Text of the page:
Combining these data streams, DOT staffers developed an application called iRideNYC, which allows the user to stand anywhere in New York and see the closest transportation options (bikeshare, bus, train), their times of arrival and departure, and estimated walking time.
A few rules have guided the department in its work on the iRideNYC application. The first is that it must work on all devices—iOS, Windows, Android, even a desktop computer. The second is that the code that went into iRideNYC should be made publicly available. “We are taxpayer-funded,” Schachter says, “so why should taxpayers pay again if another jurisdiction wants to use this?”
DON’T FORGET TO USE YOUR OWN BRAIN
When you enter the Institute for Systems Biology, just south of Lake Union in Seattle, it feels like you’ve wandered onto the set of The Big Bang Theory. White boards in hallway meeting areas are messy with equations and impromptu computations. Employees work among sundry toys such as hula hoops and Daleks, the robot from Doctor Who. The labs have chairs draped with white coats and sundry machines such as ion-trap mass spectrometers.
Launched in 2000 by three University of Washington scientists, today ISB employs 200 staff members from 45 academic fields.
While precise definitions of the term “systems biology” will differ, what is essential is the modeling of complex networks. This is done in the belief that many of the mysteries of biology will be cleared up by, in effect, stepping back rather than just pushing forward. The migration habits of a single bird will make sense in the larger context of weather, for instance.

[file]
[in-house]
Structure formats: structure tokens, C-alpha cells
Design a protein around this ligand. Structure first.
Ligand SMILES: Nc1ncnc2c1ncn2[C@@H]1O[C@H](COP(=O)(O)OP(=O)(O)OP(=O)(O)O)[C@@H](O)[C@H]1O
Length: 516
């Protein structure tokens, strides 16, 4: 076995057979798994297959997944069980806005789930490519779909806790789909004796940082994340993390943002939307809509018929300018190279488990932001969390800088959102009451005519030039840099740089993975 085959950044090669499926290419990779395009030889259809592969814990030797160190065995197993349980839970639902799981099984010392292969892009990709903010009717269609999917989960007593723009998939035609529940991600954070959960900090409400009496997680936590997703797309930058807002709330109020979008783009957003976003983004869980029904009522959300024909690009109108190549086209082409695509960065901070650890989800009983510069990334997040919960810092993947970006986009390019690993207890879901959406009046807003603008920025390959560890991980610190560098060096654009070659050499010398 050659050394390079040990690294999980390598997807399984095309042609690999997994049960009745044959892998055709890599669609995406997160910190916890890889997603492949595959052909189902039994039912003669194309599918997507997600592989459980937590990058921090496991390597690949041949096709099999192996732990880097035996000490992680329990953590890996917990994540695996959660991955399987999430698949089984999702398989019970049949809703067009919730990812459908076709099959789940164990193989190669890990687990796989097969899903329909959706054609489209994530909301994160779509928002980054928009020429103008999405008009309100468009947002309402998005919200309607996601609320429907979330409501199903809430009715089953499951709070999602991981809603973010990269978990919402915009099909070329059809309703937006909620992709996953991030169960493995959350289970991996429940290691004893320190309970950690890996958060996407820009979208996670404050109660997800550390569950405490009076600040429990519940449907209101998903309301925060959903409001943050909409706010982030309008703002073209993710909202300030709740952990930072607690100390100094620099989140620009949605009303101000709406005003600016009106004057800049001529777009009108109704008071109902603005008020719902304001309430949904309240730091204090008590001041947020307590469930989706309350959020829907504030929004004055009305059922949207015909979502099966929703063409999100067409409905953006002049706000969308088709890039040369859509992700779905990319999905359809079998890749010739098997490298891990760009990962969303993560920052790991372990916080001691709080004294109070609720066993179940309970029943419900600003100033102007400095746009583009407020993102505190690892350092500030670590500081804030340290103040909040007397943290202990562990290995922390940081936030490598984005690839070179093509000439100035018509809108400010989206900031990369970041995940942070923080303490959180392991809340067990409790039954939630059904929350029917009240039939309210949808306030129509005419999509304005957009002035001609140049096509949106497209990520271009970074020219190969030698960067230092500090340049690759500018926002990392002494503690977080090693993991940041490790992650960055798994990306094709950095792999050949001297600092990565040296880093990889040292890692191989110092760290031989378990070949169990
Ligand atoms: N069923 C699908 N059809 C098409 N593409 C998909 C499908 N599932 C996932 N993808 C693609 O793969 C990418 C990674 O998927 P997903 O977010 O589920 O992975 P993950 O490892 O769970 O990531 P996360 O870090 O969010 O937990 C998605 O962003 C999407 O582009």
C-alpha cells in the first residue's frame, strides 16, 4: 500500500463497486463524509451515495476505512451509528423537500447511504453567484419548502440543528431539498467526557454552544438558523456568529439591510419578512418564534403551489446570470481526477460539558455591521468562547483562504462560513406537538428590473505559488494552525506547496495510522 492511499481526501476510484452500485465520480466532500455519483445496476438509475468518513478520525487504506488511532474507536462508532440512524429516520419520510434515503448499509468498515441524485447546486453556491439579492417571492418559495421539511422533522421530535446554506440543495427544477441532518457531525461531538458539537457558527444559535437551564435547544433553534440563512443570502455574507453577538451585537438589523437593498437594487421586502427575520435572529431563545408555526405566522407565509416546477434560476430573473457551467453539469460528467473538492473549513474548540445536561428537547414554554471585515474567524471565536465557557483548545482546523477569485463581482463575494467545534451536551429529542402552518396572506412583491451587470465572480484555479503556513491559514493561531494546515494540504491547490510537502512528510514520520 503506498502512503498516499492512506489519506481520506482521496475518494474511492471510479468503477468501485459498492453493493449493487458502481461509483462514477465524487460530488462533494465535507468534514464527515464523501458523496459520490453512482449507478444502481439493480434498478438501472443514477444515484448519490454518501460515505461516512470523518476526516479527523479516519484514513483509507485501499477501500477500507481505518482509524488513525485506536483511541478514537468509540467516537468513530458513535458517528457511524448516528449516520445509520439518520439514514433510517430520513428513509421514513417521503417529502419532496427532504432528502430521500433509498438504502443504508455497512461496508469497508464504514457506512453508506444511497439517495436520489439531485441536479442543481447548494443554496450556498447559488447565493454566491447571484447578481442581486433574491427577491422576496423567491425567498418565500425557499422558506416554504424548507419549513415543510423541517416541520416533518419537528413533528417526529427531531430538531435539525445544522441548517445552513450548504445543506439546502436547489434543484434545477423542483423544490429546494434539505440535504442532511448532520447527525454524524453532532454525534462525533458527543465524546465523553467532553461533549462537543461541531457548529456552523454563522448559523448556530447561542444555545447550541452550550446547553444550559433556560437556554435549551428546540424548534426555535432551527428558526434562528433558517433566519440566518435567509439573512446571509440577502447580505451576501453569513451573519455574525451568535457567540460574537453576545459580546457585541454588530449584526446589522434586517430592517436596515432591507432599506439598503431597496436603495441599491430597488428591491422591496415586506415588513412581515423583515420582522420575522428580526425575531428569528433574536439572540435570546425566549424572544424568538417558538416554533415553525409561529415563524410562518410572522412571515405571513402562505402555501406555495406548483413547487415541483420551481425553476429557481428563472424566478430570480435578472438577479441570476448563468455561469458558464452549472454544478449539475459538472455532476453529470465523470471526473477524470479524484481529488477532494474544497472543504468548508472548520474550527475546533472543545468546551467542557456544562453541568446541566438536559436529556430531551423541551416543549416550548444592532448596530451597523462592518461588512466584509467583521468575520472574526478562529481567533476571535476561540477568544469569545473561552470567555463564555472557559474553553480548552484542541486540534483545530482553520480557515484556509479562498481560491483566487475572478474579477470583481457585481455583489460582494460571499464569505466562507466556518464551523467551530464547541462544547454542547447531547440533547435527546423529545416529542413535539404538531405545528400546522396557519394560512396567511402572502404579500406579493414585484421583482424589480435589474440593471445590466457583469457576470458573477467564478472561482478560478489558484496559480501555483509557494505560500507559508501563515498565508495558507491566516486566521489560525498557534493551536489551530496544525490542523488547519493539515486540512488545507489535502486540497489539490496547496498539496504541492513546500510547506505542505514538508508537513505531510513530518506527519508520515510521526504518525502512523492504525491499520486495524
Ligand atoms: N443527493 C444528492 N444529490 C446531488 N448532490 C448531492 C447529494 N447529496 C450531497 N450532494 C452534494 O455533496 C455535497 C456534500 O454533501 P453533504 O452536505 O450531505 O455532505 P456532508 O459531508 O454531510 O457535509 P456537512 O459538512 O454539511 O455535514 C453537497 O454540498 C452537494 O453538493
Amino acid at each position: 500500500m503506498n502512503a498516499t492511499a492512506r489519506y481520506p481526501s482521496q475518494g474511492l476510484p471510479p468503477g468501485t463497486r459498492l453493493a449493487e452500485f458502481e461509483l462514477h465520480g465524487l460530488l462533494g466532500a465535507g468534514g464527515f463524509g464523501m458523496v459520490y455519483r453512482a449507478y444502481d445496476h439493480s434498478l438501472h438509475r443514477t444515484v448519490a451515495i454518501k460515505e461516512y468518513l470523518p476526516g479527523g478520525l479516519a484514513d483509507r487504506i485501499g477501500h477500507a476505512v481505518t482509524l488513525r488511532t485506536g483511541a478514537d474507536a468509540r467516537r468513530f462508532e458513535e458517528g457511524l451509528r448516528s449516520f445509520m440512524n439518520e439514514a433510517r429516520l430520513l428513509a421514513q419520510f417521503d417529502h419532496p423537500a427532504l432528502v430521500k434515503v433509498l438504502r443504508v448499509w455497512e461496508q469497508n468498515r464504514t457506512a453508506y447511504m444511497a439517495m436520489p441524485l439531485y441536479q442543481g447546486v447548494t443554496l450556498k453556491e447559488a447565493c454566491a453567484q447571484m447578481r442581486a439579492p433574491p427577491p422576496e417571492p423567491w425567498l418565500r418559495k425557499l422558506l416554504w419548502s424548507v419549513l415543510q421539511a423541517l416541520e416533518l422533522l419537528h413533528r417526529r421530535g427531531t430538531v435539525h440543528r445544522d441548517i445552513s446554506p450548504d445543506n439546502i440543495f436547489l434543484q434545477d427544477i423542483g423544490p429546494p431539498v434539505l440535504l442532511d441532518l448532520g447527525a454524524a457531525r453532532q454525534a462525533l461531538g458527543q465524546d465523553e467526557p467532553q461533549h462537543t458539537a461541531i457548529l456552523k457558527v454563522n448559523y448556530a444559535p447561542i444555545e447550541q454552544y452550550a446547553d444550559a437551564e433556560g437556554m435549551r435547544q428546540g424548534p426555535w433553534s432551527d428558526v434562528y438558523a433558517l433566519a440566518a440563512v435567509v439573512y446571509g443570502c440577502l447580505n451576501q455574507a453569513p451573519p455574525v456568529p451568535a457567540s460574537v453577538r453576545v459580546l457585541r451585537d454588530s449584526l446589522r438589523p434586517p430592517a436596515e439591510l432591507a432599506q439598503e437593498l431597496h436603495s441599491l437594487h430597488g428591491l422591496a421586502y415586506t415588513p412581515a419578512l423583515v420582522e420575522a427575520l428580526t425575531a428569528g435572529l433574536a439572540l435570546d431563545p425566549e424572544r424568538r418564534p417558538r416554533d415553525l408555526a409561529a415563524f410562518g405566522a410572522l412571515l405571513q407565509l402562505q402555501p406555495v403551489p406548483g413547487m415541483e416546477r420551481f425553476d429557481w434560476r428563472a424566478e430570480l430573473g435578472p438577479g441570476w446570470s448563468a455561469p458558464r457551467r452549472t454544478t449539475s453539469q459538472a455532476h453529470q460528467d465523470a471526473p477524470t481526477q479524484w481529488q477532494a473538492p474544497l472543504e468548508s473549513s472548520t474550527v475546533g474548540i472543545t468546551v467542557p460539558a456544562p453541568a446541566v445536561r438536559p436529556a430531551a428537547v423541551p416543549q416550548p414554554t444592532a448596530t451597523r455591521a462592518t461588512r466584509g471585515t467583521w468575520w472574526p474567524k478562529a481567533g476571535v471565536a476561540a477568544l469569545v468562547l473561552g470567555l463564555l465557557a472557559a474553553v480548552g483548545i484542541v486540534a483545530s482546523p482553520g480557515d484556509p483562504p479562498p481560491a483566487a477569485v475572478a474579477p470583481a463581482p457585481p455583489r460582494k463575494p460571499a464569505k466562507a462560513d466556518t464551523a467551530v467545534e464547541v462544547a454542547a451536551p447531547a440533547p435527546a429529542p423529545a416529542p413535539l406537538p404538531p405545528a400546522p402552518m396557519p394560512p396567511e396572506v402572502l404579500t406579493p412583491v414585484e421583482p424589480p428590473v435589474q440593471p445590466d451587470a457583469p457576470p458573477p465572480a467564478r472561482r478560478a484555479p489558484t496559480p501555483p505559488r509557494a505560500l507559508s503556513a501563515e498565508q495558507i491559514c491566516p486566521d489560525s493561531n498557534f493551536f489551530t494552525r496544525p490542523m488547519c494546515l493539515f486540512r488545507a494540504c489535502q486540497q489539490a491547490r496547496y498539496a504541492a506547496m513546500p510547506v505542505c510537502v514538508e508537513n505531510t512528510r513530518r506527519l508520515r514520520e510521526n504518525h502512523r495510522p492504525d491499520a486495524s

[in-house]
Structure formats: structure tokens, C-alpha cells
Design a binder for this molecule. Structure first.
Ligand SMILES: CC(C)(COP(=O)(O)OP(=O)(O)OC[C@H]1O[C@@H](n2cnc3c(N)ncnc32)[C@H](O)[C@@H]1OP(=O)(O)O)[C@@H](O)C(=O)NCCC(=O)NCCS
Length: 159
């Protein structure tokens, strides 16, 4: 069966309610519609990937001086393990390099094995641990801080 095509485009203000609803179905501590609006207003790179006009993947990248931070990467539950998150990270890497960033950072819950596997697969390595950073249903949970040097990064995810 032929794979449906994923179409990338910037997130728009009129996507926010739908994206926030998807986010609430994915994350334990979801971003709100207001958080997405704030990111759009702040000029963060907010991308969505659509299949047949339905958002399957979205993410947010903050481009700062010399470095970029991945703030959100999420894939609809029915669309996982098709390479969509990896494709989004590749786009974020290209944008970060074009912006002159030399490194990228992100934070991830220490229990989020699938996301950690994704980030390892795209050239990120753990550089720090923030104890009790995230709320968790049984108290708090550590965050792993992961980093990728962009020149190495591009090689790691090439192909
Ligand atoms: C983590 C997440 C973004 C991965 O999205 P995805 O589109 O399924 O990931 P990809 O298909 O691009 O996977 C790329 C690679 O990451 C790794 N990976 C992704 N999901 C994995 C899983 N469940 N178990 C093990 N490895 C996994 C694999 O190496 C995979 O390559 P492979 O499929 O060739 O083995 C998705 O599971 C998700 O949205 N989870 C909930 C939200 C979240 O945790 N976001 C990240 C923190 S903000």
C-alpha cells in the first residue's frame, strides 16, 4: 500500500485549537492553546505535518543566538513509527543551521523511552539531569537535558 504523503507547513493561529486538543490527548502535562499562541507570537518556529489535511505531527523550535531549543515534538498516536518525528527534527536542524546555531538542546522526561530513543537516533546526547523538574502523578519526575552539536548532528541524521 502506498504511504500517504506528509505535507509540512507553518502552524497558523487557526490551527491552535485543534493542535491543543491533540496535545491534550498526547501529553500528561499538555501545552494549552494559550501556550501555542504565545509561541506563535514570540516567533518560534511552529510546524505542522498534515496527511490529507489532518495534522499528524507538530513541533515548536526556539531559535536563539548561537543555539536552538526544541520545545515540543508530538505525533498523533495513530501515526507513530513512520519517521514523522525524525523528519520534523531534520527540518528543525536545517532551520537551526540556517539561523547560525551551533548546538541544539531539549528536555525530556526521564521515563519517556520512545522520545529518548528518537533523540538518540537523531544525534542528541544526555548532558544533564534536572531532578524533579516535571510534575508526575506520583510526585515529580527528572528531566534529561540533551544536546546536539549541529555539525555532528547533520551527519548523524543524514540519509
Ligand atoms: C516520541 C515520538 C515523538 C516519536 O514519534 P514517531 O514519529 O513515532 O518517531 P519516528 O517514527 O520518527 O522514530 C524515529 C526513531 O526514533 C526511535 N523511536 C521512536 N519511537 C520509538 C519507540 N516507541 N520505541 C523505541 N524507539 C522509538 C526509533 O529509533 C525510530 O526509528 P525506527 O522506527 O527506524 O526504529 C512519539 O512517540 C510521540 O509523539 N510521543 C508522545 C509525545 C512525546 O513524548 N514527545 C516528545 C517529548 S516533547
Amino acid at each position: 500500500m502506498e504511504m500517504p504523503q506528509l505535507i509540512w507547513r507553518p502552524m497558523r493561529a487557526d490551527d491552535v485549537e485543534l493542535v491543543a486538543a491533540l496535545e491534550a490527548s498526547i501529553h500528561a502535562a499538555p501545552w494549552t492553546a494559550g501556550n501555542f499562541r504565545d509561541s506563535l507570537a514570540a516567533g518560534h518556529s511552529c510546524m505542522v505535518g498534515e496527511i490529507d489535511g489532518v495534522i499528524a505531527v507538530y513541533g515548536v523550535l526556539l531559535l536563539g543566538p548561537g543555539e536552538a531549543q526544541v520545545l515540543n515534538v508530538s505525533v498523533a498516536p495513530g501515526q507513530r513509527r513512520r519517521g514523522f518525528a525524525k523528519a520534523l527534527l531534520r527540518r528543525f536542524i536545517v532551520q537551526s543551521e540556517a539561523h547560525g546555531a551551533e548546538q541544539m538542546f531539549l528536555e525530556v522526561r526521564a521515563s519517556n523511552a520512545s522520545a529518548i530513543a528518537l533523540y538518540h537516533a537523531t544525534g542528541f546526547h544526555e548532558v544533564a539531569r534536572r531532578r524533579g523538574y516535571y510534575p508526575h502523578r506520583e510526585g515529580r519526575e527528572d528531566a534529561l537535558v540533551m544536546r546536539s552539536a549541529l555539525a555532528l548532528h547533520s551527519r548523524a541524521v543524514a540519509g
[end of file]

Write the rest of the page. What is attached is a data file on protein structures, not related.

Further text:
I would say that an interaction between the model and the human brain has to make the prediction.
Senior Vice President and Director, Institute for Systems Biology
Since 2000, ISB research has resulted in more than 1,300 papers published in academic journals. Most have titles—like “Genotoxic stress/p53-induced DNAJB9 inhibits the pro-apoptotic function of p53”—that are too abstruse for the lay person to understand.
To do this work, ISB has increased greatly both the data storage capacity and processing power it has available. But with this has come two big cautionary notes: For starters, it’s crucial not to get “wedded to the technology,” Baliga says. And it’s equally crucial not to get wedded to the mountains of information generated by the technology.
“For us, the model is the beginning, and the model essentially organizes complex data in a way that lets human intuition kick in,” Baliga says.
When data sets are massive, Baliga warns, it is particularly easy to be seduced by meaningless correlations. (Harvard Law student Tyler Vigen, who has made a side project of unearthing spurious links, has, for example, found a 99% correlation between U.S. spending on space, science and technology and suicides by hanging, strangling and suffocation.)